Know What Drives Vaccine Confidence
Vaccine confidence, per CDC, is the trust that patients, their families, and providers have in:
- Recommended vaccines
- Providers who administer vaccines
- Processes and policies that lead to vaccine development, licensure or authorization, manufacturing, and recommendations for use
This confidence, or willingness to accept a vaccine, falls on a continuum. At one end of the spectrum, a person demands the vaccine and actively seeks out vaccination. At the other end, a person may refuse the vaccine. In between, many people have questions or take a “wait and see” approach. Pharmacists can engage these individuals, who make up the “movable middle,” to build vaccine confidence in the communities the pharmacists serve.
Many people are turning to pharmacists and other health care providers to help them decide whether they should get one of the COVID-19 vaccines.
Vaccine confidence starts with you. According to a recent pulse survey conducted in May 2021 by APhA, 88% of respondent pharmacists are fully vaccinated against COVID-19. This pulse survey and a pulse survey conducted in March 2021 by APhA, found that 92% of respondent pharmacists said they plan to or have been vaccinated against COVID-19. Oftentimes, when patients are deciding whether they should be vaccinated, they’ll want to know whether you’ve been vaccinated yourself, and what your experience was like.
Know the Facts: COVID-19 Vaccines and Vaccine Confidence
Take APhA’s short quiz to test your knowledge about vaccine confidence basics, the role pharmacists can play in building confidence, types of vaccine platforms (e.g., mRNA; adenovirus vector), myths about use in childbearing years, and vaccine efficacy and effectiveness.
Take the quiz
Learn About the Drivers
According to the Kaiser Family Foundation Vaccine Monitor, a majority of those who remain hesitant are concerned about serious side effects. Build trust with patients by communicating that some postvaccination symptoms are normal, but that serious side effects are extremely rare. It can be helpful to share your vaccination story to prepare others for what to expect.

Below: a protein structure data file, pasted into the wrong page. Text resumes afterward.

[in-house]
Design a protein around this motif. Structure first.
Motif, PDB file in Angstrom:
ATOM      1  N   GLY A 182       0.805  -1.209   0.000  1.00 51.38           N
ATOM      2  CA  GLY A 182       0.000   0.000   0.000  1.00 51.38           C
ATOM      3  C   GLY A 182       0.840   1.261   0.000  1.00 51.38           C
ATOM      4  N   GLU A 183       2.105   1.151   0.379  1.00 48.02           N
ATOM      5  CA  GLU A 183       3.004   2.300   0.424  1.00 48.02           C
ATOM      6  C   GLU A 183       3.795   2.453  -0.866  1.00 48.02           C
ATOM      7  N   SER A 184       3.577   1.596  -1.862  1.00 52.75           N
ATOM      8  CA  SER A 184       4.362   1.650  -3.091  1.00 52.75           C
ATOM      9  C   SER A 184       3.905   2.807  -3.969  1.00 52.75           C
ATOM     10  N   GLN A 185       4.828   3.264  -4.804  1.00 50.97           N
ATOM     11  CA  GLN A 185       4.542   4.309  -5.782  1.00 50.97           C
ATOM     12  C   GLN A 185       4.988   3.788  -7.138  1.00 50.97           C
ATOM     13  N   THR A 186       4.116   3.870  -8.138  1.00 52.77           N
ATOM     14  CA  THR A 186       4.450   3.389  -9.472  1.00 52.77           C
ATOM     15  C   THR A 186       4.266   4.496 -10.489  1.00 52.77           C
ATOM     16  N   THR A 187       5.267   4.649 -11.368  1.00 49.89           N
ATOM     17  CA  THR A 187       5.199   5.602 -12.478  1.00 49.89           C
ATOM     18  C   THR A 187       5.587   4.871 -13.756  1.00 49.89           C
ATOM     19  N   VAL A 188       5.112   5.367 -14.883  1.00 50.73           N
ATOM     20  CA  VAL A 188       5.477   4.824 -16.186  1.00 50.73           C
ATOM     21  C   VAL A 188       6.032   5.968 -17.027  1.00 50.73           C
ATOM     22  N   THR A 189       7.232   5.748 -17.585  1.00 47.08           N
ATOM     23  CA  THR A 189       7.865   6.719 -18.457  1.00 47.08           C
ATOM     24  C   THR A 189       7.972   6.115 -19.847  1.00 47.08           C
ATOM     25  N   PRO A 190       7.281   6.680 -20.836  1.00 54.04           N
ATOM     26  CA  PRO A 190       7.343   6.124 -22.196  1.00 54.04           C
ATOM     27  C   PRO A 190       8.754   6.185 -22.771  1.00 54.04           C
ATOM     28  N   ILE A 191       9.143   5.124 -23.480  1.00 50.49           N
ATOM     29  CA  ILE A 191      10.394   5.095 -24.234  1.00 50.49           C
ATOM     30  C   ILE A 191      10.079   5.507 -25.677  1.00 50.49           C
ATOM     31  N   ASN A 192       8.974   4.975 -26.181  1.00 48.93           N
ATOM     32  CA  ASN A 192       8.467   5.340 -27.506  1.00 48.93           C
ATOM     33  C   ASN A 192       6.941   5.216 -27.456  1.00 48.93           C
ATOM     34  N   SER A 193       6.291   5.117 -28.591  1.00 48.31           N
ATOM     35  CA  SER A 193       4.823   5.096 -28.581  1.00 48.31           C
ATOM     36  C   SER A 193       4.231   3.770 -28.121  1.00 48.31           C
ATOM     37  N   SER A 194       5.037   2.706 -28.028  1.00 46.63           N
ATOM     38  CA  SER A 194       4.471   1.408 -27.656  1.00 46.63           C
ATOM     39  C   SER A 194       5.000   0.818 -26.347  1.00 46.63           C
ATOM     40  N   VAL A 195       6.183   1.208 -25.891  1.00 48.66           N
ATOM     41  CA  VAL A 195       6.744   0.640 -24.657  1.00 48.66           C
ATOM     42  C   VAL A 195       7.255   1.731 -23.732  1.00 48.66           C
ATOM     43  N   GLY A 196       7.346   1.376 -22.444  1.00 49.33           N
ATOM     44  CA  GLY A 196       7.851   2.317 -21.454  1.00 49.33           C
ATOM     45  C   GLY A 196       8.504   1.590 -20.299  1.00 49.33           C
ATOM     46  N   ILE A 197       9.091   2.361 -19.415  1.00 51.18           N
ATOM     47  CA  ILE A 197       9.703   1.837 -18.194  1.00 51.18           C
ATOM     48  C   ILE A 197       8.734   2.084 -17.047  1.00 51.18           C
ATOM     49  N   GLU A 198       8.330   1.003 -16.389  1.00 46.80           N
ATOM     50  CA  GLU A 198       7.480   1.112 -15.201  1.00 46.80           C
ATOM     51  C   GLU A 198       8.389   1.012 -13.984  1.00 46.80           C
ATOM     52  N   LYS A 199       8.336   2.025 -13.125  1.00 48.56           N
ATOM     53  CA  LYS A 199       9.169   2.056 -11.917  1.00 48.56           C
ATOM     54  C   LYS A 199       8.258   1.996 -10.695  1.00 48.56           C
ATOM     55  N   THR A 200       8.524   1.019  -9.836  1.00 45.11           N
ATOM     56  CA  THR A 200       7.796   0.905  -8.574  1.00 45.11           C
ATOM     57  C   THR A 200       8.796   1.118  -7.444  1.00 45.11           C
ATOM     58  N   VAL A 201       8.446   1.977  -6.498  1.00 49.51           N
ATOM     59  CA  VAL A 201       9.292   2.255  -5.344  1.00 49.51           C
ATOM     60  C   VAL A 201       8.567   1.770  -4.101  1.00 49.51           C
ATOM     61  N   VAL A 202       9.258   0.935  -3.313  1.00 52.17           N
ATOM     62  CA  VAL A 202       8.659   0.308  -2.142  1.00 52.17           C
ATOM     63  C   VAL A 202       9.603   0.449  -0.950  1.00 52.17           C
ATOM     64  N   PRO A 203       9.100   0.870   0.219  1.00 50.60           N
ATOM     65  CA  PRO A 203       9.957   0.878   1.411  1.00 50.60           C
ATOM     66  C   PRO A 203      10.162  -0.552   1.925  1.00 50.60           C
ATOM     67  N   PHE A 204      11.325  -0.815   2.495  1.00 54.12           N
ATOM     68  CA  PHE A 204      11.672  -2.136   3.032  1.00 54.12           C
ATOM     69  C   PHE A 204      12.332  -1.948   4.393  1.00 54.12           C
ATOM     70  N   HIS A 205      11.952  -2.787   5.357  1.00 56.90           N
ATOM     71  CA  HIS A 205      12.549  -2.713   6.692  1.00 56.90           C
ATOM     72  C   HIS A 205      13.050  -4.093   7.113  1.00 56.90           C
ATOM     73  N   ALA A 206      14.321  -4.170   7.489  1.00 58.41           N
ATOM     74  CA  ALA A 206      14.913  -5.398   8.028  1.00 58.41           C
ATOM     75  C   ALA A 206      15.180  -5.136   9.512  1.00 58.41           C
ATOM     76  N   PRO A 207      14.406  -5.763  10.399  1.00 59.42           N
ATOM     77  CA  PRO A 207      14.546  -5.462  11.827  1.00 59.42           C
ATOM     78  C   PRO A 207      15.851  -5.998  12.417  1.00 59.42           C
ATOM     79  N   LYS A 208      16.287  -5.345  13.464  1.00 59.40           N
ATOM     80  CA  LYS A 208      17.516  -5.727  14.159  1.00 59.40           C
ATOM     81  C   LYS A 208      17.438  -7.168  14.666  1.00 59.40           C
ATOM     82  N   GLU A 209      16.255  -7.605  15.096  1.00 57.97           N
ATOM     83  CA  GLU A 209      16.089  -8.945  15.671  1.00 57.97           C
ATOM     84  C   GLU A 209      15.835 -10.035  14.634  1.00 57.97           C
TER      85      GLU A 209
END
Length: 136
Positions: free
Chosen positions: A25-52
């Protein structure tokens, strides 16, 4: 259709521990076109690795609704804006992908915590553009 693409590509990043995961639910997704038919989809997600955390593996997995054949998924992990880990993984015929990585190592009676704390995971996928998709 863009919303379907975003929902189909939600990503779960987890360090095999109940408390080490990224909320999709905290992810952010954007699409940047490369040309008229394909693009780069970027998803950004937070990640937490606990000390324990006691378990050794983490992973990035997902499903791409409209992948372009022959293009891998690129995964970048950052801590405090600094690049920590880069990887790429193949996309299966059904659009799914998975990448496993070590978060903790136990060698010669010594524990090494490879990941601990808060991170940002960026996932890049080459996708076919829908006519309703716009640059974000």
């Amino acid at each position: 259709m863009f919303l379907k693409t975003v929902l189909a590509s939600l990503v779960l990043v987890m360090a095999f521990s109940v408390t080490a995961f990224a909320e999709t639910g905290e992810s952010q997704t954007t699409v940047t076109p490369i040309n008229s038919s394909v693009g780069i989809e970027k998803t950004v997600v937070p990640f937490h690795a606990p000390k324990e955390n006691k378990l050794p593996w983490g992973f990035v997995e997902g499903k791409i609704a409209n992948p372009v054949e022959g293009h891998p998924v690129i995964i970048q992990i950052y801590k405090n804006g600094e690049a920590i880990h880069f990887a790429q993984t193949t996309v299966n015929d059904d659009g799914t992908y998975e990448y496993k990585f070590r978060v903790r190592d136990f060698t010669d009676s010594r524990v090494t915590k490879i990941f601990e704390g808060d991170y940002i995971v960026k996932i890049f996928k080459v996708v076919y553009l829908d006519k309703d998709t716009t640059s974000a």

Whether a person decides to get vaccinated against COVID-19 will depend on many factors. These factors can range from simply not knowing how to access the vaccine to reasons that are deeply personal.
The World Health Organization (WHO) has developed a model to help clinicians understand some of the reasons for undervaccination. The model, known as Measuring Behavioral and Social Drivers of Vaccination (BeSD), considers four specific domains that influence vaccine uptake:
- What people think and feel about vaccines (e.g., perceived benefits, perceived risks)
- Social processes that drive or inhibit vaccination (e.g., provider recommendations, social norms, rumors)
- Individual motivation or hesitancy to seek vaccination (e.g., readiness, willingness, intention, hesitancy)
- Practical issues in seeking and receiving vaccination (e.g., availability, convenience, cost)
Review the WHO’s Data for Action: Achieving High Uptake of COVID-19 Vaccines, which has interview guides that pharmacists can use to assess each of the domains of the BeSD model with their patients.
Click below to learn why some people may have personal reasons for feeling less confident about getting the COVID-19 vaccine.
Cultural perspectives on vaccination can vary as a result of a person’s public health stance, religious viewpoints, and the level of suspicion in mistrust of vaccination in their community.
- In the Black community, there is a longstanding distrust of medical care in the United States. A lack of access to care today, reception of subpar care, and past medical experimentation like the USPHS Syphilis Study at Tuskegee have all contributed to this distrust. Learn how the “COVID-19 vaccine faces Black communities’ centuries-long mistrust of health care” in APhA’s recent news article.